The second 2-year-old from the Team Jordon headquarters got a first haircut.
It’s sort of ceremonious for us, as we’ve adopted the custom of waiting until after the second birthday. According to the superstition, if you cut a child’s hair before he or she turns 2, it will lose its curl.
I don’t really believe the myth, but we made it something of a ritual anyway, ya know, for kicks.
There’s another superstition out there that, to me, seems just as a silly – that after your first child, any kids to follow are easier.
Our youngest, Osiah, is anything but easier than big brother Caleb, and Caleb was, shall we say, very energetic when he was his brother’s age.
Still, baby Si trumps Caleb’s zeal in almost every category. And he screams much louder than Caleb ever did.
When Caleb’s ’fro was trimmed for the first time, he wailed in the barber’s chair like he was suffering from demonic possession. He and I both are scarred from the experience.
So naturally, I was expecting worse than the worst for Si’s first trip to the barber.
Si’s hair is twice as much trouble. It’s more like mine – thick and so kinky that when he was a newborn it formed dreadlocks on its own. We still have the little baby dreads as proof.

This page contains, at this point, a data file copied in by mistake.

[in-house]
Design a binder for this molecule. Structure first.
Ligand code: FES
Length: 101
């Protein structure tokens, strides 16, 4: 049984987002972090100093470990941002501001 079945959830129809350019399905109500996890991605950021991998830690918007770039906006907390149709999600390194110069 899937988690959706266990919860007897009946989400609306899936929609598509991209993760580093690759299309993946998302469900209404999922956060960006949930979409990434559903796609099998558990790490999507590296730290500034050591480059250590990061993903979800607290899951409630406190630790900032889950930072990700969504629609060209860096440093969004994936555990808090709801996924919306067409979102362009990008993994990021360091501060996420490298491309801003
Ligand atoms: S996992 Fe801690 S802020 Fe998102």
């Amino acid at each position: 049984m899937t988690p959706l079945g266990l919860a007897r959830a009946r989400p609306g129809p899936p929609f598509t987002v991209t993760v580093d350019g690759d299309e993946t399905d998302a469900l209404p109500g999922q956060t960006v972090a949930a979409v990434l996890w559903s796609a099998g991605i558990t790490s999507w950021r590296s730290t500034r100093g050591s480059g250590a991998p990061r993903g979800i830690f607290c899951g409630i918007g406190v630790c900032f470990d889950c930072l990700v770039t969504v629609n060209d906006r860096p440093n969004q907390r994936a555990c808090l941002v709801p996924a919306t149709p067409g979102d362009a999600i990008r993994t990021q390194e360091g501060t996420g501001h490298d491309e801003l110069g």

Grooming his hair was a workout, and they don’t make combs with strong enough teeth to rake through it. Usually we used our hands to comb through his hair once he had enough water and conditioner in it.
For a while it would form little ringlets, but once it was dry, it pretty much shriveled up into an auburn buckwheat. For this reason he was voted Baby With the Best Hair by the ladies at his day care.
He has cool hair and all, but it had to go.
I was dreading a repeat of Caleb’s catastrophe, and I was ready to apologize when we walked into Larry’s Afro Barbering and Styling Shop.
When it got to be Si’s turn to ride in the chair, the strangest thing happened. The clippers buzzed his hair down to almost nothing, and Si sat perfectly still, watching in the mirror with a blank expression, and toward the end he fell asleep.
One son’s hair is too much drama to cut, the other’s is too much to let grow.